June 1, 2012

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Article

Consider Mediation

An Alternative Method to Resolving Business Disputes

Shane D. Gosdis is a litigation attorney at Vantus Law Group in Salt Lake City.

June 1, 2012

You retained a software company to design and implement a new software program for your business. You have paid for the software, but it is nine months behind schedule with one problem after another. There is no end in sight. You want blood. You call your attorney. You direct him or her to file a complaint immediately. You want damages and attorneys’ fees and anything else you can extract from the other side. But before you pull the trigger on litigation, you first should consider mediating your dispute.

Mediation is a negotiation between the parties facilitated by an independent third-party. Mediation can occur before or even during litigation. It is often highly successful in resolving disputes. Mediation, however, will only work if both parties are interested in negotiating a settlement. If one of the parties is not interested in settling, or is not in a position to settle, mediation will not be effective. Mediation may also fail if it is premature. If the parties have yet to gather enough information to make informed decisions, or if they are otherwise unprepared, mediation is unlikely to produce a settlement. In that case, mediation will be better utilized after the parties have completed their investigation of the facts.

Economical, Fast and Effective
If you have ever been involved in litigation, you know it can be expensive. It requires the parties to spend significant amounts of time and money on discovery, takes months to complete and often involves protracted disputes regarding the exchange of relevant information. Litigation also involves costly motion practice. 

Unlike litigation, mediation requires neither discovery nor motion practice. As a result, parties can mediate a dispute for a relatively small amount of money. That means parties can use their resources to build business, not war rooms full of discovery documents and deposition transcripts.  

Mediation is also often faster than litigation. It can easily take a year and a half or more to get your case to trial. And it may take several more years if there are appeals. Mediation, on the other hand, is extraordinarily quick. Parties can schedule a mediation to fit their schedule (not a court’s) and can complete the entire process within a relatively short amount of time.

Parties often worry that they may have wasted time and money if mediation does not result in settlement. Mediation, however, has significant benefits even if settlement is not reached. It allows a party to better understand its opponent’s case and to see the weaknesses in its own case. Mediation may also serve to narrow the scope of the litigation and may even result in a partial settlement.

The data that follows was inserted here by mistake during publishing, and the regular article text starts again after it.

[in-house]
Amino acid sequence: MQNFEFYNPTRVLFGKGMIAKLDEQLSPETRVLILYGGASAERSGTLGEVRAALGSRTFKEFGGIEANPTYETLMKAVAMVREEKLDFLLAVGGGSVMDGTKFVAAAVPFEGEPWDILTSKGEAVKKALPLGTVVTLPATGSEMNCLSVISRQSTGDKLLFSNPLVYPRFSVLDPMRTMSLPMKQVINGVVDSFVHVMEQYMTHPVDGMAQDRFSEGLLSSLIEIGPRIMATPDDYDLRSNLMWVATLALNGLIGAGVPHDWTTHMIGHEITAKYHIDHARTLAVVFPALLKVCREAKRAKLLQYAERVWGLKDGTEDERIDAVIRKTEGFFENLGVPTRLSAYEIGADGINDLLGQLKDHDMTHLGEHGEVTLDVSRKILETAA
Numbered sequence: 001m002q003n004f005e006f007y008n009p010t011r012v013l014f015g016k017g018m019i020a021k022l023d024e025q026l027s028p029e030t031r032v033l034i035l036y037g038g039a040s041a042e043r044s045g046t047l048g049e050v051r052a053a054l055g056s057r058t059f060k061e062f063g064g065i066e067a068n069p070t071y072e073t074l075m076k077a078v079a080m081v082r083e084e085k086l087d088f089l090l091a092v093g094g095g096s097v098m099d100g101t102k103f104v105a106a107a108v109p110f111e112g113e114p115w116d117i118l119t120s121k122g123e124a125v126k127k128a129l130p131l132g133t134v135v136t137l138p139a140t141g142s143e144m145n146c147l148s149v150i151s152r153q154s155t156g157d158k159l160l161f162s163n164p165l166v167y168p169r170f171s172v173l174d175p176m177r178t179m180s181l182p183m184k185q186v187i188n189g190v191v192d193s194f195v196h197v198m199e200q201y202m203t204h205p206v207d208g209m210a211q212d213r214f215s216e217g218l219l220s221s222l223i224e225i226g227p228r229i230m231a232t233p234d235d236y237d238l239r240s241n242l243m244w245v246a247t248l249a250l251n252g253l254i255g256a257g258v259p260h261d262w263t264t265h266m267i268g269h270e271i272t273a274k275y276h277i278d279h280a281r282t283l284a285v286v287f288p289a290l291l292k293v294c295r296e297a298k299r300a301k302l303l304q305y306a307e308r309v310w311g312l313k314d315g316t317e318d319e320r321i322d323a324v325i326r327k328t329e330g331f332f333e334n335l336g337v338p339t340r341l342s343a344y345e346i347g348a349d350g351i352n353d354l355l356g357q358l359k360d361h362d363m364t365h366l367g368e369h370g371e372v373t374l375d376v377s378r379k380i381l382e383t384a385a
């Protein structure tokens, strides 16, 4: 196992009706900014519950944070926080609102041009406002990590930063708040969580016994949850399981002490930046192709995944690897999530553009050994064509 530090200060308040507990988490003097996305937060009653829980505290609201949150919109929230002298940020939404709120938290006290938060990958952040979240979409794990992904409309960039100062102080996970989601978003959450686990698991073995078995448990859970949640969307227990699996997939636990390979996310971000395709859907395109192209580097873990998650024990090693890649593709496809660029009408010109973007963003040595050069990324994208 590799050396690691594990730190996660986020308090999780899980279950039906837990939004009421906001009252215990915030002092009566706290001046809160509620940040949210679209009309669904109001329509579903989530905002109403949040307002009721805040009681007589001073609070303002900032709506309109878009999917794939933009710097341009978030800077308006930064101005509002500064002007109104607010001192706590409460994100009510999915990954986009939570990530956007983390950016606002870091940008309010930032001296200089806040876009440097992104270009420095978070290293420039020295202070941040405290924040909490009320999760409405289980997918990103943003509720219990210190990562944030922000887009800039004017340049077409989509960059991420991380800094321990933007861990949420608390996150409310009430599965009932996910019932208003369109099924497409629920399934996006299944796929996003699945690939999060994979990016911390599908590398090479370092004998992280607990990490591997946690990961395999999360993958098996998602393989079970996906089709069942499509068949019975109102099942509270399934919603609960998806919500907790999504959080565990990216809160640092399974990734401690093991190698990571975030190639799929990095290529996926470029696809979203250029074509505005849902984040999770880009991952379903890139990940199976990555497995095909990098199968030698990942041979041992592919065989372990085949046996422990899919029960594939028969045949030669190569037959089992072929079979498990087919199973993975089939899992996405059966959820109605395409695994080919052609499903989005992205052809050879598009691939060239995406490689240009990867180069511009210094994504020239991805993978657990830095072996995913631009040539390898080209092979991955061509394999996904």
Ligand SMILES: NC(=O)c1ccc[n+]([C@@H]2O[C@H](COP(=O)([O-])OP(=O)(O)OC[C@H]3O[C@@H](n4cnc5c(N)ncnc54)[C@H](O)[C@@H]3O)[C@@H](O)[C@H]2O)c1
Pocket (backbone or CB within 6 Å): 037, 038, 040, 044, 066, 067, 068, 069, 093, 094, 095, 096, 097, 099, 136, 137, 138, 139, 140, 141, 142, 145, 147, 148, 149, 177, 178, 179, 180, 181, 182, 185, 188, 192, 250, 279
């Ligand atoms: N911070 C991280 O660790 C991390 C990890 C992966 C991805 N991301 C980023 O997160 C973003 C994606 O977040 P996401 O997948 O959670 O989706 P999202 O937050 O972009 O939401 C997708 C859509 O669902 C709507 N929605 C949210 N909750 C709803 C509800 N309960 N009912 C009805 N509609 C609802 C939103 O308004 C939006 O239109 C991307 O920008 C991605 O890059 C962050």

Involvement Encouraged
Mediation allows the parties themselves to be involved in the settlement process. They pick their own mediator and can directly participate in and control the proceedings (unlike litigation). Because parties can take a direct role in mediation, they are often able to negotiate personally satisfactory outcomes.

Mediation is also unique because it allows both sides to tell each other—not a judge or an arbitrator—their respective sides of the story. The parties are also able to tell their story to the mediator in the private sessions. This facet of mediation is particularly important if one of the parties simply wants his or her “day in court.” After telling his or her story, a party may be more willing to settle.  

Another benefit mediation affords is privacy. Litigation is public and can be bad for business when customers, strategic partners, suppliers or employees learn that your company is involved in litigation. And it can be embarrassing when skeletons fall out of the closet along the way. Unlike litigation, mediation is completely private. Most states (including Utah) have laws ensuring the confidentiality of mediation and settlement offers exchanged during mediation cannot be used at trial. 

Mutually Beneficial
Parties often leave a mediation without being totally satisfied because one side paid more than it had hoped and the other side received less than it expected. The parties, however, have the mutual satisfaction of having resolved their dispute for less attorneys’ fees than they would have spent in litigation and are generally more satisfied with mutually agreed upon settlements, as opposed to a decision imposed by a court or a jury.

Mediation is much less adversarial than litigation. As such, mediation provides a venue where parties can resolve their dispute while at the same time salvaging their business relationship.

These are only a few of the many benefits of mediation. It is not right for every dispute, but can often lead to surprisingly quick and efficient results.

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